Many people view Bitcoin as an anonymous way to make transactions. However, Bitcoin is actually one of the least private types of cryptocurrency. Several other cryptocurrencies are specifically designed to be private and anonymous.
Privacy and anonymity are not the same thing. Privacy means others are unable to see what you are doing, while anonymity means that others know what is being done, but not who is doing it. Bitcoin is a pseudonymous coin. This means that though all of your transactions are visible, it is nearly impossible to trace those transactions from someone’s Bitcoin address to their real-life identity without any additional information.
While some may think private cryptocurrency is only something that would be used for illegal transactions, there are several legitimate reasons to want to use a private coin. One reason would be to hide your behavioral and purchasing patterns from companies. Another reason would be to protect your wallet. Address balances are public, so someone who holds a lot of crypto may be subject to attacks on their server or in person in order to steal their coins.
Physical cash can be considered a private form of economic exchange – only you and the person you give money to need to know the transaction is taking place. There is no way for anyone else to track the spending of dollar bills or to know how many you have in your personal storage.
Here are three of the most popular private cryptocurrencies.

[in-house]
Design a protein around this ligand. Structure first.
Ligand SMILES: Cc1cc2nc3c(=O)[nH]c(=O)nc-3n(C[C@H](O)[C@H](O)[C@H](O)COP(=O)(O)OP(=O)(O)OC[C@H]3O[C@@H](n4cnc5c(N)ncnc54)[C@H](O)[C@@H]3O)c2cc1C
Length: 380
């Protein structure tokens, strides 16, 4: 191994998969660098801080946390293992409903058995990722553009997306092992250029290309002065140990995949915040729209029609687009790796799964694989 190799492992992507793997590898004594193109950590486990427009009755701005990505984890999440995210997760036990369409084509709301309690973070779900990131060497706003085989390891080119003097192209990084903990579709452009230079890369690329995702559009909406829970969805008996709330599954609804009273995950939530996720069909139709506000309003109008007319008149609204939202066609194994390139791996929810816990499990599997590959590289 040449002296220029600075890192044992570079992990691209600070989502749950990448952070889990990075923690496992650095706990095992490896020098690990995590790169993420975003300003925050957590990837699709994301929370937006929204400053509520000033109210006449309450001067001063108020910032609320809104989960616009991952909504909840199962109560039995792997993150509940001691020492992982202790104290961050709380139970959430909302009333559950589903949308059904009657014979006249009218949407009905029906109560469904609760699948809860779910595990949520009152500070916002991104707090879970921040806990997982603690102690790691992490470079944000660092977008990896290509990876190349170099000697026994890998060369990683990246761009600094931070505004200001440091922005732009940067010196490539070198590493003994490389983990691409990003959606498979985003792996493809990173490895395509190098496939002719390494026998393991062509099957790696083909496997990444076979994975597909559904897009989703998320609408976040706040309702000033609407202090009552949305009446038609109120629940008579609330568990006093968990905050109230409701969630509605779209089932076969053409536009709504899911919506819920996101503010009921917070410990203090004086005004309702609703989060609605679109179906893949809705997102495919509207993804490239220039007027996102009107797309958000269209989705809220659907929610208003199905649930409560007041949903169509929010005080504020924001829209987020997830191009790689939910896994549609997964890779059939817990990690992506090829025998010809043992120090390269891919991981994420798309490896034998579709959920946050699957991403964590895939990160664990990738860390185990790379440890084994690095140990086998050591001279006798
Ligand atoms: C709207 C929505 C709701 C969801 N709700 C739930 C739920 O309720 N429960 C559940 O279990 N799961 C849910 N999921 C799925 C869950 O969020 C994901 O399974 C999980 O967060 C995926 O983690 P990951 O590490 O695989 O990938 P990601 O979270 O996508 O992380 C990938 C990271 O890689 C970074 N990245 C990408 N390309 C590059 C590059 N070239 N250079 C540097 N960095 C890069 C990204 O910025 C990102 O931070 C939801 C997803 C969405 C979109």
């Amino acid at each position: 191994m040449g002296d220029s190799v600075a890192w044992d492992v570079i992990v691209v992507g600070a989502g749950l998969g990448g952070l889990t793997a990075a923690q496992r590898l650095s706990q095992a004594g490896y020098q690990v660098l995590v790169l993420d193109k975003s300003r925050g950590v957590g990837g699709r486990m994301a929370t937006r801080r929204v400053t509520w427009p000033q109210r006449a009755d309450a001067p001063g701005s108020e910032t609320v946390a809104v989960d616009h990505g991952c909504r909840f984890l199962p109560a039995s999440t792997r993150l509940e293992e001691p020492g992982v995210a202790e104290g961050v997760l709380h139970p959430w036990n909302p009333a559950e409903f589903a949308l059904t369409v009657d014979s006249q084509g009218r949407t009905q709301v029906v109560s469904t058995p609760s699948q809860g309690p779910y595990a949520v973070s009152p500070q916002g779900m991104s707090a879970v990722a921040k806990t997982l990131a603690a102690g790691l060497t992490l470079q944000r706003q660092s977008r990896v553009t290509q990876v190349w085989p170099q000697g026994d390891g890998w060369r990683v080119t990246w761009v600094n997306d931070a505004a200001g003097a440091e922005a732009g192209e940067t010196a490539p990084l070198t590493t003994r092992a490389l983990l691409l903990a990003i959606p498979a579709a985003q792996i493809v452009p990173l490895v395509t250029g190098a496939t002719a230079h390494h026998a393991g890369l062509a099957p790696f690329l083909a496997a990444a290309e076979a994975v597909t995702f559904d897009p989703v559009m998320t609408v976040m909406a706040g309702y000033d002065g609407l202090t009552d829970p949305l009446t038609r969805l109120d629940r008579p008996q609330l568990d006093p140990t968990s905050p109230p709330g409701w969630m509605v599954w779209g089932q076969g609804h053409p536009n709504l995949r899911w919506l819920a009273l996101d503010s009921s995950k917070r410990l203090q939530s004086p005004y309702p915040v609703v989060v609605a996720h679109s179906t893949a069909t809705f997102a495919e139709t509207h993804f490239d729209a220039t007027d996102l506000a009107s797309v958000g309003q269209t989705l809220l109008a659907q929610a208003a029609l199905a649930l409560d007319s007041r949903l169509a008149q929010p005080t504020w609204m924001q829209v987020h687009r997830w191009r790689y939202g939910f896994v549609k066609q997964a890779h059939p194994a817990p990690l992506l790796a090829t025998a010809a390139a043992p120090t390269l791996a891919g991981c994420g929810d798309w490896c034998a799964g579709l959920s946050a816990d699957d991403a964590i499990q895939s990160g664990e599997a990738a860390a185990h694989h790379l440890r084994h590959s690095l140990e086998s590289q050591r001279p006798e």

Monero is a private and decentralized cryptocurrency which uses XMR as its coin. Monero obscures the three parts of a transaction. The sender is hidden through the use of ring signatures. The amount of money sent is hidden through RingCT, and the use of stealth addresses hides the receiver. Because the currency is untraceable, the value of the coin cannot be lessened because of its history. It cannot be blacklisted or debased, so all coins have the same value and are interchangeable.
Zcash uses a zero-knowledge proof to prove the information you’re sending to the other party is true without needing to broadcast the information besides the fact it’s true. The cryptography of the coin allows all transaction data to be private and encrypted. However, one issue with this coin is that the privacy function is optional. Only around 5 percent of funds on the network are private, meaning a majority of the transactions can be viewed by anyone. The reason for this is because their method of creating a transaction using a zero-knowledge proof is slow and costly.
Dash is similar to Zcash in the fact that all transactions are not private by default. The platform promises privacy through the use of a modified version of CoinJoin, which is the method originally used to anonymize Bitcoin. To privatize transactions on Dash, a “masternode” server is required. It requires users to trust the server not to record any details about where the outputs are ending up. Users must make a deposit of 1,000 Dash coins to run the masternode. Theoretically, the deposit stops someone from creating multiple nodes to record CoinJoin details. Because the blockchain is transparent by default, there is a chance that coins and addresses can be blacklisted.
Grin is an implementation of the MimbleWimble protocol discussed in an earlier blog post.